Hi all, I just learned about these.. "Earth shoes" or "negative incline shoes"...
What's the consensus? :-)
I don't think you'll find a consensus here, since that would imply the entire community comes to an agreement, but perhaps you'll get some opinions.
In my opinion,
I think shoes that are intended to "give a workout" are counter-productive and entirely unnecessary. Recent research from the American Council on Exercise (ACE) suggests that Shape-ups and others like them - MBTs (Masai Barefoot Technology) and Reebok EasyTone shoes won't help you build more muscle or burn more calories as they promise.
I feel this negative incline shoe fits in that category.
I also don't think aligning purpose to that of yoga is particularly useful in this regard, since yoga is a convention (made up by somebody) and not based on inherent natural movements, biomechanics, or behavior. If you enjoy or benefit from yoga, that's wonderful.
I believe it would be more useful to (as much as possible taking into consideration personal capabilities) present the body with the kinds of environments and situations which it adapted to handle, from a physiological standpoint.
This includes barefoot running, or minimal footwear, and movements performed in a range-of-motion that are functional and natural. Whenever somebody designs a shoe that is supposed to "guide" or "force" your body into doing something, I feel it is a bad thing. Shoes should provide a minimal amount of protection from things on the ground or from the cold, and that's it.
Providing artificial impediments or resistance can be useful sometimes, to some extent, but with things like exercising on bosu balls, we are learning that adaptations do not transfer over well since that type of training is not equivalent to what the body does in the real world, or the types of ground it encounters.
I bought a pair of Earth shoes to wear around the office a couple years ago. That was before I discovered VFFs, and admittedly, the Earth shoes seemed more comfortable than raised heel shoes in the beginning.
Since I've worn minimalist shoes outside of work, however, my dislike for "dress" shoes has grown and grown. I just recently purchased a pair of Vivobarefoot Ra shoes to replace my Earth shoes, as nowadays, any solid heel shoe hurts my knees from the constant impact. (Earth shoes only seem better because they force a shorter stride. There's still impact, though.)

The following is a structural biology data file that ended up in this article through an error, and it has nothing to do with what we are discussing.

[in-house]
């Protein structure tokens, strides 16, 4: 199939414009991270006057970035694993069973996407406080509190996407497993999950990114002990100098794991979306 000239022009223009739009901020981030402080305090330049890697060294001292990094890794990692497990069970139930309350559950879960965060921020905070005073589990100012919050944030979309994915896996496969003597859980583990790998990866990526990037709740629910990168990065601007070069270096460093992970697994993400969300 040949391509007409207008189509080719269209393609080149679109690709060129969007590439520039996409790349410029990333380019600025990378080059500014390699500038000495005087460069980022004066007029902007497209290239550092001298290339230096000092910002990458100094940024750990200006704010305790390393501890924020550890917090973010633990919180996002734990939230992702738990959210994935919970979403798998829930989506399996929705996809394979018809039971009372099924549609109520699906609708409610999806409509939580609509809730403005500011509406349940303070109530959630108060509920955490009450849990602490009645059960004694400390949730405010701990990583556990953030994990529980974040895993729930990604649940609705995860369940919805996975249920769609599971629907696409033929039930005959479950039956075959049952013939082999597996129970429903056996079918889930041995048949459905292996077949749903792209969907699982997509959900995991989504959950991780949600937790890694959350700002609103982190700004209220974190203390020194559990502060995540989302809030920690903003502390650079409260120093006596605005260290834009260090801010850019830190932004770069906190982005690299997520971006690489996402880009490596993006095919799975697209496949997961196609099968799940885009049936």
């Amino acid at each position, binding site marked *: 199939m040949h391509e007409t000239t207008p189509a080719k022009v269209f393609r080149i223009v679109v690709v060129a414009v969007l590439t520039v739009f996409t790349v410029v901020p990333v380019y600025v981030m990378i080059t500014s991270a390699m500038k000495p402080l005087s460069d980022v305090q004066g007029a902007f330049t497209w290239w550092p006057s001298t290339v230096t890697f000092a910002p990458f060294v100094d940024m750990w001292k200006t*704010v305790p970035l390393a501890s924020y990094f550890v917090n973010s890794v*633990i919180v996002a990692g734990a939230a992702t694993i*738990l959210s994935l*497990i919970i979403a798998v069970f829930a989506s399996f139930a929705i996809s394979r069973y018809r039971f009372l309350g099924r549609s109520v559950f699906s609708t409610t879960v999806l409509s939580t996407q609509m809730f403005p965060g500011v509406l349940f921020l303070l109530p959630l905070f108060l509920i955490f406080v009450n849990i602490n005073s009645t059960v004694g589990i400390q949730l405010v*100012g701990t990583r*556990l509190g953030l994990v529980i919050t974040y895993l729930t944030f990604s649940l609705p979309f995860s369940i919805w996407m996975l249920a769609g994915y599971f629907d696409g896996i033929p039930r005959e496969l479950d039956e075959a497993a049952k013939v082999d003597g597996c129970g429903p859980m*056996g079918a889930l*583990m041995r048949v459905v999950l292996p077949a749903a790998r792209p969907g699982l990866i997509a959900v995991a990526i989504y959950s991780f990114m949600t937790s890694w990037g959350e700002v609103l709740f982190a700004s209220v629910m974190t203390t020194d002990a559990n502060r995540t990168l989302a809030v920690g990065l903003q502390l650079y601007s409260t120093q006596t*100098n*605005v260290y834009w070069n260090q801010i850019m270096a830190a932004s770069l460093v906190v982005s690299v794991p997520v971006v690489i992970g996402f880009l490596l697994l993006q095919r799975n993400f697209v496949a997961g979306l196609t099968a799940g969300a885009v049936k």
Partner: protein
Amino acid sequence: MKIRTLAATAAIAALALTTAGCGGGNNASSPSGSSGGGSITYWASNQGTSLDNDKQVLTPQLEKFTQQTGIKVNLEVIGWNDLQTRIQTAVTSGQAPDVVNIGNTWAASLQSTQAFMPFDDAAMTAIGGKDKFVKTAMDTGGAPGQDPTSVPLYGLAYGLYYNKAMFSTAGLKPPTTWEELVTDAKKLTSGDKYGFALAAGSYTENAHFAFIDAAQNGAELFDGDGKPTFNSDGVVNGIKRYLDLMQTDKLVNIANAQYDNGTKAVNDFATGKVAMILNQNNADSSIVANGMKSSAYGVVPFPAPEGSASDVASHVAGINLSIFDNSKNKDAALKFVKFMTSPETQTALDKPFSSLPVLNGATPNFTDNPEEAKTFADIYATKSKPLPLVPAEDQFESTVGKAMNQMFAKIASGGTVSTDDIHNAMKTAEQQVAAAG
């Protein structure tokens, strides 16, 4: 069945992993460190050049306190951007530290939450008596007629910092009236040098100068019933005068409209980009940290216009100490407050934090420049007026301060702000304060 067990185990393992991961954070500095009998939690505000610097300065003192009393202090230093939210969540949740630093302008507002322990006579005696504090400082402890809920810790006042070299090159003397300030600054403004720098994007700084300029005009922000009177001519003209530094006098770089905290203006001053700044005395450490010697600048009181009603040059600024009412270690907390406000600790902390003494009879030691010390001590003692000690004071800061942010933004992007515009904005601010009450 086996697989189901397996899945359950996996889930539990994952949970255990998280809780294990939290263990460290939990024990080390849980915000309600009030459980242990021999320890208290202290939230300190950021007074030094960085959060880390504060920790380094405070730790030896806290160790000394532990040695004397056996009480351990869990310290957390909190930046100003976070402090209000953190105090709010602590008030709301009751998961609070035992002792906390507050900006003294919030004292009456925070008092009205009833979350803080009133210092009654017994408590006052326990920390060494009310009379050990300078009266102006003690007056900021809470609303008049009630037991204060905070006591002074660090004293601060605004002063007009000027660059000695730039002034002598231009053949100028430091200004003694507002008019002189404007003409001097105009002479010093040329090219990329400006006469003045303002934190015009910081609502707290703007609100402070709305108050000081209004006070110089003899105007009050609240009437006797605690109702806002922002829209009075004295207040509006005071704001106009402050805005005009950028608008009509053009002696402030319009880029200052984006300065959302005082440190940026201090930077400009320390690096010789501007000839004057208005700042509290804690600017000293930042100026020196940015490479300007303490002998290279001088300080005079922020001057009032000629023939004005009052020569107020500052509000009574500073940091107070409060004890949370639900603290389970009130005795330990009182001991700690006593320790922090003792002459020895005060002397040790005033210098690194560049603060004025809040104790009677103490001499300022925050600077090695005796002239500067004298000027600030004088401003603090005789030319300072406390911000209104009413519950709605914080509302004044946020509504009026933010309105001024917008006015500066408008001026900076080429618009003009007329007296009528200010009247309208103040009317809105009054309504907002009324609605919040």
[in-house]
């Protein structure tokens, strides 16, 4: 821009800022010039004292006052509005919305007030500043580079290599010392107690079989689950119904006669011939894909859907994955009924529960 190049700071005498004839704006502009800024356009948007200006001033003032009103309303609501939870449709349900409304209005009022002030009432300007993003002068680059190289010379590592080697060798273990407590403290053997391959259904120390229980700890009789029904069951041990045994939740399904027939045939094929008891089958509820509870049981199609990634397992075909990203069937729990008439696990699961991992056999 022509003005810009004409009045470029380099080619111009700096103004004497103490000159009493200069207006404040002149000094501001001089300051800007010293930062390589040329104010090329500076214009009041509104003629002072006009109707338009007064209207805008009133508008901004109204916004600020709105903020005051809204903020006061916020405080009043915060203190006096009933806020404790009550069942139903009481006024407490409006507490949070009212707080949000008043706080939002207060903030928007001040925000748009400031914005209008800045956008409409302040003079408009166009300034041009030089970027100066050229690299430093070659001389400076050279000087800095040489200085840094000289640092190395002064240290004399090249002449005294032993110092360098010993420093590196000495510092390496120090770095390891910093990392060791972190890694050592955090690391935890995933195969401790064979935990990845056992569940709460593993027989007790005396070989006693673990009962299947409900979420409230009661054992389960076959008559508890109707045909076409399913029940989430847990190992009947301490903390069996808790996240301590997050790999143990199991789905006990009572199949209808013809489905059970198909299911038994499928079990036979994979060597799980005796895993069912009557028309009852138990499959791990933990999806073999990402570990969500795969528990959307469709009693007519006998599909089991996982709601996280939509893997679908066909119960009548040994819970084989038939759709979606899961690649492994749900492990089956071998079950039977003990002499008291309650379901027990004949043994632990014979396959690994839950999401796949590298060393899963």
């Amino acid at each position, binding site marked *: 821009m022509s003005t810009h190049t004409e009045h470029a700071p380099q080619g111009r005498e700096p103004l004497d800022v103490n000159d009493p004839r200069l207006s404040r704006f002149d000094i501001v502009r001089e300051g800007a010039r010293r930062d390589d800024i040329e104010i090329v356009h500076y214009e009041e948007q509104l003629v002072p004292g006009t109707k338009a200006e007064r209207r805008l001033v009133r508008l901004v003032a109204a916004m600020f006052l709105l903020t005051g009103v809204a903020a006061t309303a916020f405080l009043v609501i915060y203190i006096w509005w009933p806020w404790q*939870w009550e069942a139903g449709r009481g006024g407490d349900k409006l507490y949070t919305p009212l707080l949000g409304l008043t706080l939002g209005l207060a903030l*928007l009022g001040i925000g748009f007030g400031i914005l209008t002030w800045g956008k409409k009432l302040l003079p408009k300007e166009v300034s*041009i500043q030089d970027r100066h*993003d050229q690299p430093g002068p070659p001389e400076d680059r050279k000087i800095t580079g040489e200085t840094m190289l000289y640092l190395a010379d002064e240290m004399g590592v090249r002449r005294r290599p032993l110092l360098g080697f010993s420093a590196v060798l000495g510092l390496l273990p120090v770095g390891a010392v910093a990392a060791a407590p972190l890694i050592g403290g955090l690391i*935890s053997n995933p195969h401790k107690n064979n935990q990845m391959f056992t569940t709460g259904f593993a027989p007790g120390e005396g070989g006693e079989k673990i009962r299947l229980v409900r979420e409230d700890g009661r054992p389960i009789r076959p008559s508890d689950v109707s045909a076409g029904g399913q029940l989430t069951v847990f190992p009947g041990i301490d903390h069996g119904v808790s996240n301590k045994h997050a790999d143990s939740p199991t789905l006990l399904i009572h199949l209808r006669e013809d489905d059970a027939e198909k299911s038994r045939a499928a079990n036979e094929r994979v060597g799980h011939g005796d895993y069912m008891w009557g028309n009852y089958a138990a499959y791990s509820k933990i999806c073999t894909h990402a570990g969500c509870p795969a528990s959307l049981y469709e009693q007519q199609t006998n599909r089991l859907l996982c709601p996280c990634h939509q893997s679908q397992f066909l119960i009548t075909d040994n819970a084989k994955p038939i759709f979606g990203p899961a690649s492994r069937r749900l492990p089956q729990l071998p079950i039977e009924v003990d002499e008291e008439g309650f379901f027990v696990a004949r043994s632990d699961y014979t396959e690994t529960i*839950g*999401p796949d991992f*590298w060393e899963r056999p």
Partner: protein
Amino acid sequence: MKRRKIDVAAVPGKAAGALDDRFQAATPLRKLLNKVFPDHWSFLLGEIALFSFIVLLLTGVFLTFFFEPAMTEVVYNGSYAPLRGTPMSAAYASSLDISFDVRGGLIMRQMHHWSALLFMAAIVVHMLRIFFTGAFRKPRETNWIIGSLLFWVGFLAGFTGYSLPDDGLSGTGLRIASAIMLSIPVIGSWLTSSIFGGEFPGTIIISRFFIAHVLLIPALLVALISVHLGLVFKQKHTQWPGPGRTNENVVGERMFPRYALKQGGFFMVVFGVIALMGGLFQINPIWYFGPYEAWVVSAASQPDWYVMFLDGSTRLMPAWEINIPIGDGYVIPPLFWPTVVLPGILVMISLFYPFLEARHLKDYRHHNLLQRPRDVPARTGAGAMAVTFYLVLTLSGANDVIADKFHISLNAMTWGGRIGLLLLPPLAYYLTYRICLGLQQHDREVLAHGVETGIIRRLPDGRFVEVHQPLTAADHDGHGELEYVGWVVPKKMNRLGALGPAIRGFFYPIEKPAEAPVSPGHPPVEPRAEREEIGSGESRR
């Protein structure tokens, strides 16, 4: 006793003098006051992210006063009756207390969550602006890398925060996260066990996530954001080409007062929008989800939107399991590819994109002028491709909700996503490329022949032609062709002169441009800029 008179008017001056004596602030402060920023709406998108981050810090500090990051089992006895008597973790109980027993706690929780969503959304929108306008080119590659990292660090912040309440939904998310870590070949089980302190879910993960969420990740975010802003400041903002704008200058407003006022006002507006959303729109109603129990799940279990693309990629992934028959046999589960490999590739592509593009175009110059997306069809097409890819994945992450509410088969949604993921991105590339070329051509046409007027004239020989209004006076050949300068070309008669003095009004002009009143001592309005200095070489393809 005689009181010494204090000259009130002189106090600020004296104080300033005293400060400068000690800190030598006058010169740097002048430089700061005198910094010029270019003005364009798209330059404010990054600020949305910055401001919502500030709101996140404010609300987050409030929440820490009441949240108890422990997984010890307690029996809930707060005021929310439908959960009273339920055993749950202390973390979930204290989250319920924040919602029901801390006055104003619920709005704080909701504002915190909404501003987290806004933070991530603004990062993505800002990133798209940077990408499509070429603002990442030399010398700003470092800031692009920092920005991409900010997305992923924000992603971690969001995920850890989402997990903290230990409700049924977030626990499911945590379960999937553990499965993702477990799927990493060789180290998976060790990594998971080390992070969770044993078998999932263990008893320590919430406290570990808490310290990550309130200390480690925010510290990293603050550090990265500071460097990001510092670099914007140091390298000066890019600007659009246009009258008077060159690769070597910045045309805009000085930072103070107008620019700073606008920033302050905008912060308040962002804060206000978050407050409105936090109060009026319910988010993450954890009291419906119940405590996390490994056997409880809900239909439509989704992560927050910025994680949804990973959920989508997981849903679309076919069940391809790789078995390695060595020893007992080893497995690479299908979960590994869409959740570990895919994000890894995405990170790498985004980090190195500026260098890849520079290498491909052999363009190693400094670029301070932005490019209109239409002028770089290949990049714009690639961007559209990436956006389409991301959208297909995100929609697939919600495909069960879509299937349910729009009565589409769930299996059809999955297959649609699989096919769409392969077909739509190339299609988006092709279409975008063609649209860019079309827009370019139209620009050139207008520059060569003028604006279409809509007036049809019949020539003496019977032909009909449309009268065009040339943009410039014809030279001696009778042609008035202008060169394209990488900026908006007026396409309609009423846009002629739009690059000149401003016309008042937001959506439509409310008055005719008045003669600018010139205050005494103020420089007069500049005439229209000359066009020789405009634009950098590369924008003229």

At this point, I don't intend to ever buy another pair of Earth shoes. Dressier minimalist options are increasing slowly.
I wouldn't wear anything that isn't as thin as possible and flat as possible (or in the case of Five Fingers form-fitting). The only new or innovative design I want in a shoe is to make it less of what it is (if that makes sense).
I think Maker's Mark whiskey has a commercial that says something like "A good whiskey is what it isn't." That would be perfect for a minimalist shoe ad, don't you think?
I had some Nike Frees, and cut the heel off. I accidentally cut too much off and ended up with a negative incline. I couldn't stand it; they were unwearable and I had to get rid of them.
(This after having been wearing Vibram FiveFingers for a few years, and getting so used to them that even standard shoes with a fairly low heel feel like high heels.)
My husband discovered these because he has a really bad back (aka, herniated disc on top of a broken back that was never treated - yikes!). He thinks they helped his posture, which really can't be helped, and helped relieve some back pain, and convinced me to try a pair. I have a pair of sandals and a pair of snow boots of the Earth brand variety. While I don't notice a huge difference (though my back is fine), I do notice that it does slightly change the way you walk. It is possible that while wearing snow boots I'm walking differently than I normally do since I'm trudging along, but my legs do have to adjust, and since they are not my everyday shoes, they offer more hinderance than help.
In the 1970's I tried on a friend's & noticed they use the muscles below your calves like no other shoe. She was thin but had thick lower legs (no calf definition), not an attractive look. I'm not sure if it was genetic or due to wearing Earth Shoes for all of the 4 years I knew her.